Context: Plant growth and development are controlled in a defined, but dynamic way through the activity of hormones. Hormones are mobile molecules that carry signals to coordinate growth and initiate responses to environmental cues. Auxin is a very important hormone in plants because it is involved in mediating almost every aspect of a plant's life, from embryogenesis to responses to gravity. In order for auxin to trigger all these responses it needs a receptor, a protein which binds the auxin and in doing so acts as a molecular switch, initiating a chain of events that ultimately leads to an appropriate change in the plant's development. We have recently identified a protein called TIR1 as an auxin receptor and this proposal describes a set of experiments that allows us to link whole plant responses to auxin back to the molecular events of auxin perception by TIR1. Aims and objectives: As noted above, auxin is involved in many very different developmental responses. Therefore an important question in plant biology is; how can this one molecular signal give rise to so many outcomes correctly? TIR1 turns out to be a member of a small family of related auxin receptors in the model plant Arabidopsis and it is apparent that there are differences in the receptor activity of these family members. To begin to understand these differences, once we have described auxin binding to TIR1, we will compare the rates and affinities of binding to each family member to identify the molecular basis of these differences. Once auxin is bound to TIR1 and its family members they act by binding another family of proteins, caled Aux/IAAs, which are then labelled for degradation. This degradation allows auxin-regulated genes to be switched on and a cascade of secondary reactions then proceeds. To determine whether or not each receptor has a preference for these Aux/IAA targets we will measure the reaction rates for association and dissociation with a representative sets of Aux/IAAs in both the presence and absence of auxin. These data will give us a matrix of interaction preferences and indicate a molecular basis for specificity, with high affinities in the presence of auxin likely to maximise the chances that this target will be degraded. To be sure that these measurements are relevant in intact, living plants the lifetimes of these target proteins will be measured. We will also generate mutant versions of Arabidopsis which lack particular receptor proteins, or present altered versions of receptors, and relate the auxin responsiveness of these plants to their genetic makeup and our biochemical data. These complementary datasets will add robustness and allow us to quantify the contribution played by selectivity at the receptor complex in specifying particular auxin responses. Potential applications and benefits: The data collected above all relate to the action of the natural plant auxin IAA. However, there are many synthetic auxins used in research and in agriculture and they each have slightly different activities. Examples of agricultural use include treatments to flowers, fruits and nuts and also as selective weedkillers. Auxinic weedkillers kill broadleaved plants, not cereals and grasses and are of great agricultural value. In order to address how these auxins can be selective we will perform experiments on cereal versions of TIR1 and compare both genetic and biochemical similarities and differences. Further, using both types of receptor we will establish a test system to help design and screen new compounds with auxin-like or antagonistic behaviour with the aim of creating a new generation of safe, selective and low dosage agricultural tools.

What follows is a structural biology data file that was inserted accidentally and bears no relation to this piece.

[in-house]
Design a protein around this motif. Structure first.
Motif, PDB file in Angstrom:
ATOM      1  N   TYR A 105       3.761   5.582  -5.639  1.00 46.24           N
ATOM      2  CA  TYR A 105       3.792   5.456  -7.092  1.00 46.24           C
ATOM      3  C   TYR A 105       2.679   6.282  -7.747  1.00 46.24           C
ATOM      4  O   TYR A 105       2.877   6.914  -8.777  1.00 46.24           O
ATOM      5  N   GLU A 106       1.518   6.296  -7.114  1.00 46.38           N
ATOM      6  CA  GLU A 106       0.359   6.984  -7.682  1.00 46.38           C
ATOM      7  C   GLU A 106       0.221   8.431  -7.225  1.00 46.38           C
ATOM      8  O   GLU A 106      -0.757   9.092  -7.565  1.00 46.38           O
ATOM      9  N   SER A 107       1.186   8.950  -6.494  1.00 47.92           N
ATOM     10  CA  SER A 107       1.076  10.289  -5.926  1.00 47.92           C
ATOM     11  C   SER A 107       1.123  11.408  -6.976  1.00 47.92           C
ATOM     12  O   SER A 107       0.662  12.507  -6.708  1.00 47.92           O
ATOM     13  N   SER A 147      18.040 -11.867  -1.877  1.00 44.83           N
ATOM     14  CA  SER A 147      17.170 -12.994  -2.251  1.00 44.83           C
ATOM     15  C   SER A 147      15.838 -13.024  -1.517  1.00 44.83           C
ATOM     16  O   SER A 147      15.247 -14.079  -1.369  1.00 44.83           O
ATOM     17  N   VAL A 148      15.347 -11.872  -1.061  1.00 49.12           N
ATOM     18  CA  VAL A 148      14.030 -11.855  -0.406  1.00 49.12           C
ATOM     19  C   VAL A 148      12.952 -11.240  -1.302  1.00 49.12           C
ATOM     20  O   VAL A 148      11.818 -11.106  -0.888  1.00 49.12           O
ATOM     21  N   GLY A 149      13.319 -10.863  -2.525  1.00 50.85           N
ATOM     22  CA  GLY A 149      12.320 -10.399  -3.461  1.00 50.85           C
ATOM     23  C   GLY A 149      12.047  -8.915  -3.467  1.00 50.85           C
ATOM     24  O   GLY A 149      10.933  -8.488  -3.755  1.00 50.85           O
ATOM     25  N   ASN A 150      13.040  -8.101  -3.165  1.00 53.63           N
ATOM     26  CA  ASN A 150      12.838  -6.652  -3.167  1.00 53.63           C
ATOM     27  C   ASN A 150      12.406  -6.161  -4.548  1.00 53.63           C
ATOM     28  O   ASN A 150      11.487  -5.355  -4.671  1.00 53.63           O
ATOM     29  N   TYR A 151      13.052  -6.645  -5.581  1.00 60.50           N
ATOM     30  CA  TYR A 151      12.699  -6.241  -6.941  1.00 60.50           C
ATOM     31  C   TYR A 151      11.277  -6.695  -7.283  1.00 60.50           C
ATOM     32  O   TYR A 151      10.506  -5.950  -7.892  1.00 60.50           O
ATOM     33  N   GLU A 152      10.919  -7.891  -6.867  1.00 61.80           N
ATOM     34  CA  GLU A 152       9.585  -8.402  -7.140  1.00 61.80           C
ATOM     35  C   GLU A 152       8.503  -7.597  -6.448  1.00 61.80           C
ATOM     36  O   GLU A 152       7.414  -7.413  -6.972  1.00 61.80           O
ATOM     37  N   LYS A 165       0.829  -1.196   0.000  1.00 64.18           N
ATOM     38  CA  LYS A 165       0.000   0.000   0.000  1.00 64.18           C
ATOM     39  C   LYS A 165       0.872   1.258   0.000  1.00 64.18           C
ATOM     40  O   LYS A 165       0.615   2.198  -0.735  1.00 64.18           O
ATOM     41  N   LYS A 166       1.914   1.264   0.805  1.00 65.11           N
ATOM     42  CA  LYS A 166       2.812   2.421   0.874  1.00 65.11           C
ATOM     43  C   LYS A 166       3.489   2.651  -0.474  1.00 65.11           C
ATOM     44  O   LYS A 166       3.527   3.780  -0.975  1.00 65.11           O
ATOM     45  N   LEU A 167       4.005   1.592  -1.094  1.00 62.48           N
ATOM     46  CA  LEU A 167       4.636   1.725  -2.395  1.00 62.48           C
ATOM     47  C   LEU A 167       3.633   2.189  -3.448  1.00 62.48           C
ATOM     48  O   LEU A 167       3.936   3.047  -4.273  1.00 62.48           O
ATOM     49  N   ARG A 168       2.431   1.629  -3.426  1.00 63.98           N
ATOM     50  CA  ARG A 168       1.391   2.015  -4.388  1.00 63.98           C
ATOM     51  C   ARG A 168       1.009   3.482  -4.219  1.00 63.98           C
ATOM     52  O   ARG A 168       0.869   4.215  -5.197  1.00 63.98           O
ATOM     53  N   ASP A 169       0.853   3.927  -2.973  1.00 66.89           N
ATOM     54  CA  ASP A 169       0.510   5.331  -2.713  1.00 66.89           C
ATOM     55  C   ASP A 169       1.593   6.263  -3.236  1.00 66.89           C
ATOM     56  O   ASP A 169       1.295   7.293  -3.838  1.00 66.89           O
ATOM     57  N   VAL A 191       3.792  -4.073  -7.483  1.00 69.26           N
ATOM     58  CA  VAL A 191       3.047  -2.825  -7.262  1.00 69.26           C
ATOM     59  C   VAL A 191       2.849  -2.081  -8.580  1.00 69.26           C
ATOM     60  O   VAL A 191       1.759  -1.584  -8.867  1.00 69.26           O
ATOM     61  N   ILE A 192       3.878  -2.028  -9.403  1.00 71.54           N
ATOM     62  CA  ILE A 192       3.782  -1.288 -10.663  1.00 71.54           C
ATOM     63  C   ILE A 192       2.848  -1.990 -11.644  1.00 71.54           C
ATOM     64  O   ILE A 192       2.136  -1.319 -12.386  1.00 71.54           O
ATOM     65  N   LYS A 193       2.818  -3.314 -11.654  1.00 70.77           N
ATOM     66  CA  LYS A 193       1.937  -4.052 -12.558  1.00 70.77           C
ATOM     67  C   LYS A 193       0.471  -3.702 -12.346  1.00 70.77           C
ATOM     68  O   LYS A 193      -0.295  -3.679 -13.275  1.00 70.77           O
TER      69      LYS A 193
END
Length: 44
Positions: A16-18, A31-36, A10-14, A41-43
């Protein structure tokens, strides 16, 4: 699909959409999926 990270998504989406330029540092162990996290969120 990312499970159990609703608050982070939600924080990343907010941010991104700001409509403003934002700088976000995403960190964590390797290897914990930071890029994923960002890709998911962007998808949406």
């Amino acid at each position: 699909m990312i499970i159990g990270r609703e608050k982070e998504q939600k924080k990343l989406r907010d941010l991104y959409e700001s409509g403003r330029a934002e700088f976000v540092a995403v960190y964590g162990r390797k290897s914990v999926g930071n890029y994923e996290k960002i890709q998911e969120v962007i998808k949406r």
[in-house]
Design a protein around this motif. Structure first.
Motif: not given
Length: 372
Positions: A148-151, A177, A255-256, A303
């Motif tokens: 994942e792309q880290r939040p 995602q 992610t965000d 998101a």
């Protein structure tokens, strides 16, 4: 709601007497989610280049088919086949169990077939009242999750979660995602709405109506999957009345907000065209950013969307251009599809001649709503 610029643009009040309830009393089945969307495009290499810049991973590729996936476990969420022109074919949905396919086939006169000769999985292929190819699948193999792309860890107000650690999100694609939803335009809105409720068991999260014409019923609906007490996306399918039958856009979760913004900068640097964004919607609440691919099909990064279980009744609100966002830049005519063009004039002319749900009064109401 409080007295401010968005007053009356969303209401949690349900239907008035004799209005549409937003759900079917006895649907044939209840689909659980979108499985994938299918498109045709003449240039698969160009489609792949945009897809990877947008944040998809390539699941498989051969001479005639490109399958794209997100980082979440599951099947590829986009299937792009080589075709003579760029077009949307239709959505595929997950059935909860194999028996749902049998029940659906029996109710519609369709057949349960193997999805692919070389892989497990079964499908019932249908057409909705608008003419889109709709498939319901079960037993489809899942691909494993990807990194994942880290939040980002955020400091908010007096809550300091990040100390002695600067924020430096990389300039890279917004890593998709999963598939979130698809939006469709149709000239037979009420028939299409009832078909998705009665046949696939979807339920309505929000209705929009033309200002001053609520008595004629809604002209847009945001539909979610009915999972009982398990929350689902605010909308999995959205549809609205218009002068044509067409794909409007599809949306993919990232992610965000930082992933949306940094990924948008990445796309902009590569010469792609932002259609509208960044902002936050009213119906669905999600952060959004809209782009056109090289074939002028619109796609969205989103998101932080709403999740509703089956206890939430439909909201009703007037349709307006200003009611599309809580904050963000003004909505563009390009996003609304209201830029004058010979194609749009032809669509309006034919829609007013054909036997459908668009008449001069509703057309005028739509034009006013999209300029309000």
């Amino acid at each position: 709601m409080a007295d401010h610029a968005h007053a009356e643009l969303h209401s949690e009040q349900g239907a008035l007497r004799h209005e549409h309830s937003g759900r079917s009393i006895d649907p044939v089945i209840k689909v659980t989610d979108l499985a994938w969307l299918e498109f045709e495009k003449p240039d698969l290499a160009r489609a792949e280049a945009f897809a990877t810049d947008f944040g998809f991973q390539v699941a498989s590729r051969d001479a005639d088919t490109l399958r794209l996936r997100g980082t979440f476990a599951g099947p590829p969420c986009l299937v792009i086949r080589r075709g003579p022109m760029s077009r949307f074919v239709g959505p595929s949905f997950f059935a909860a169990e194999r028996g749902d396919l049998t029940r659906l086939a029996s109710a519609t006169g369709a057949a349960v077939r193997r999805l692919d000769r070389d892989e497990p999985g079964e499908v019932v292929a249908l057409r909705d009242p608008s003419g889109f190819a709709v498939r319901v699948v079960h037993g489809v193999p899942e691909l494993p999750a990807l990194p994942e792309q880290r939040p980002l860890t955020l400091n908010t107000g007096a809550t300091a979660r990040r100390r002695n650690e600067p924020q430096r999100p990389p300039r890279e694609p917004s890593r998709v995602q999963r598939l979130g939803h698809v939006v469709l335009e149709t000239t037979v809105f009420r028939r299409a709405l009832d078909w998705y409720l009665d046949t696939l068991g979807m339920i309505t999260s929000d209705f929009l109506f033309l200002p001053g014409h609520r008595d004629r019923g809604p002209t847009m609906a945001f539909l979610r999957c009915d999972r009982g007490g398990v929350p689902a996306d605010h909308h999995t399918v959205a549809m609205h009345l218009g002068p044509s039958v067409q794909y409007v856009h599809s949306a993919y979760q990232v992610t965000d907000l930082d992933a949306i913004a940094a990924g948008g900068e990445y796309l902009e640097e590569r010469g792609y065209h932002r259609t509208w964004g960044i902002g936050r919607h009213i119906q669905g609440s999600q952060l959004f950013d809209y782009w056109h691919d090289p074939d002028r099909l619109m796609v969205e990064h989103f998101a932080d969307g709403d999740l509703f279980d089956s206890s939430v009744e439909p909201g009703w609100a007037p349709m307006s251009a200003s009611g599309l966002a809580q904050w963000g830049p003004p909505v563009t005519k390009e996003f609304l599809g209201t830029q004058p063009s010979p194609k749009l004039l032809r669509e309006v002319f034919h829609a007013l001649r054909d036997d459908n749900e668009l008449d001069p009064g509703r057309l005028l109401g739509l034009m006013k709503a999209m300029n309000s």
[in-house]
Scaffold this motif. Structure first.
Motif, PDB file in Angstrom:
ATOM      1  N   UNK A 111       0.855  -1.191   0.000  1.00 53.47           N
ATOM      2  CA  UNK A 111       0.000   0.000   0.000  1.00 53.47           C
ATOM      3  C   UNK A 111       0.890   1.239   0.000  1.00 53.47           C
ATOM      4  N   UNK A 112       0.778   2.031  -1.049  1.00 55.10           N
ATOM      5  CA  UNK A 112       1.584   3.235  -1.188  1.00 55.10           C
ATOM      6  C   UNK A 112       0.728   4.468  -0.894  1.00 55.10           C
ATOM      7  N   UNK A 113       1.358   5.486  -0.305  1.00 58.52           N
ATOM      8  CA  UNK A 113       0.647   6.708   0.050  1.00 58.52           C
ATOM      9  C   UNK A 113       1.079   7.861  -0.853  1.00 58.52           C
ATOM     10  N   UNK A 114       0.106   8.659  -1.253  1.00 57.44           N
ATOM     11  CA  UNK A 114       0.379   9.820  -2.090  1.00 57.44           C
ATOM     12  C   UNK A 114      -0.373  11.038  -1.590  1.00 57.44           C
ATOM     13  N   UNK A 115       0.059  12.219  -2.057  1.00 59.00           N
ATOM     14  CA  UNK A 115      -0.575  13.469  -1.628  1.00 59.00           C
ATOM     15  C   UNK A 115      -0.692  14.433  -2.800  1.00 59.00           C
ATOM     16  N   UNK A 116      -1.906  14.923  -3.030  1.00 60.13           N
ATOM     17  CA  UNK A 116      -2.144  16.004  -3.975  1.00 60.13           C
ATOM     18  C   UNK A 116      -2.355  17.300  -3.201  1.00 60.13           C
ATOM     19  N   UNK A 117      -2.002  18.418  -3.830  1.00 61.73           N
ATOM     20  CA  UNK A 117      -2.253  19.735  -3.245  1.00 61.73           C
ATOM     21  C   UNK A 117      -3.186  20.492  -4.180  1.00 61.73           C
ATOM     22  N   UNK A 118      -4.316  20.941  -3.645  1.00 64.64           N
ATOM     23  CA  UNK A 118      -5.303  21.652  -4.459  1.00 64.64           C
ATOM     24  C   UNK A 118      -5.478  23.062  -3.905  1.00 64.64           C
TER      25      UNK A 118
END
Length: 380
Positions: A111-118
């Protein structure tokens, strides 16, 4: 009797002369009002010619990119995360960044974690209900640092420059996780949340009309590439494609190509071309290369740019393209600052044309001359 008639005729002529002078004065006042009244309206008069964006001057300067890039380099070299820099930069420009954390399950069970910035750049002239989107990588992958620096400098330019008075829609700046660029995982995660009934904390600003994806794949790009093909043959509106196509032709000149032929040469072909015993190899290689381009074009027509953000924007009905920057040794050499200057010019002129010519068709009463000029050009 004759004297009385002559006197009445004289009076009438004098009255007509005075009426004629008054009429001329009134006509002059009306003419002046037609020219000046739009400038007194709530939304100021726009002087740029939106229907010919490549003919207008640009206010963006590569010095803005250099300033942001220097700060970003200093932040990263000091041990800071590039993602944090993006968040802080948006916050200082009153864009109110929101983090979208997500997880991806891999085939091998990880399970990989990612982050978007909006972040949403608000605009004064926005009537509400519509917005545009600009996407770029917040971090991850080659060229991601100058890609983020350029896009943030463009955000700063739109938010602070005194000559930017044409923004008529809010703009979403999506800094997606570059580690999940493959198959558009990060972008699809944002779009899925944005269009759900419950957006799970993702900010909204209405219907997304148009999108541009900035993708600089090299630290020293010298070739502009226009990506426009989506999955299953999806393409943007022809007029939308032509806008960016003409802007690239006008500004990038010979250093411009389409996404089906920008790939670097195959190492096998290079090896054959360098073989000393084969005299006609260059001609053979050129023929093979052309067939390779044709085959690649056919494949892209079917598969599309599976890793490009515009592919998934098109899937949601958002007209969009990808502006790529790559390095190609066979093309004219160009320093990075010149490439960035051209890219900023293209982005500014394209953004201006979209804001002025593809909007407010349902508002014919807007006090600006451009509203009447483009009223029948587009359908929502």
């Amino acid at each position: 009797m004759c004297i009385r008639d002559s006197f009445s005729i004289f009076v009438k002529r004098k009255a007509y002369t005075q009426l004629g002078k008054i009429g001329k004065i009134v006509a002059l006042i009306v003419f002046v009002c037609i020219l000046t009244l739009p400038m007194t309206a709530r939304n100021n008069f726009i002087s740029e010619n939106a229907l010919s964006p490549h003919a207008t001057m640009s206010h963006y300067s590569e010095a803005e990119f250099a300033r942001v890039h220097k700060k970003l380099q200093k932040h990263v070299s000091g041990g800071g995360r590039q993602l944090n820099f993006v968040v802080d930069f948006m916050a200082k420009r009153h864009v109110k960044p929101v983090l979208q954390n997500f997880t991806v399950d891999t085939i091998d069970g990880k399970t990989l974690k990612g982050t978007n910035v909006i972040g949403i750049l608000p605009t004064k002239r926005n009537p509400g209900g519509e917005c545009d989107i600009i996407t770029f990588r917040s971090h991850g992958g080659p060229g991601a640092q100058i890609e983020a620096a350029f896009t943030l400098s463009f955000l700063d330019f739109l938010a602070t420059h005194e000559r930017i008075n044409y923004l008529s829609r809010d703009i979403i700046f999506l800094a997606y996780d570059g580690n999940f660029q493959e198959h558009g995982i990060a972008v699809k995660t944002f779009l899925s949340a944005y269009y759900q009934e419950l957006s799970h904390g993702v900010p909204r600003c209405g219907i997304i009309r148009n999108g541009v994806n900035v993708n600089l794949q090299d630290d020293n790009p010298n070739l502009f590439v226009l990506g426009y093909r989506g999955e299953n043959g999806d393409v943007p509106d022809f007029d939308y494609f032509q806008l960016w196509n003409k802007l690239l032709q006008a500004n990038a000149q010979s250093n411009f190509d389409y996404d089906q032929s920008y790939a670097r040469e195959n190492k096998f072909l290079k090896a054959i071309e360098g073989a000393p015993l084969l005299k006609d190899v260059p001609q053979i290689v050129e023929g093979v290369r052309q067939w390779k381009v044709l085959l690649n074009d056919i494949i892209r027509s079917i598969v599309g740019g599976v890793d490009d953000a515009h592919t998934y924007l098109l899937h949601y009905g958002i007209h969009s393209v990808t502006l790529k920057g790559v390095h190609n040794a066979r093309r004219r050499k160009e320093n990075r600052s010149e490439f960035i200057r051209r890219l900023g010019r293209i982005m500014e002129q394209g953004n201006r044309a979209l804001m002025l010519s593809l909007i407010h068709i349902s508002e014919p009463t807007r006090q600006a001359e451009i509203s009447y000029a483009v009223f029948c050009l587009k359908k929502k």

Technical Summary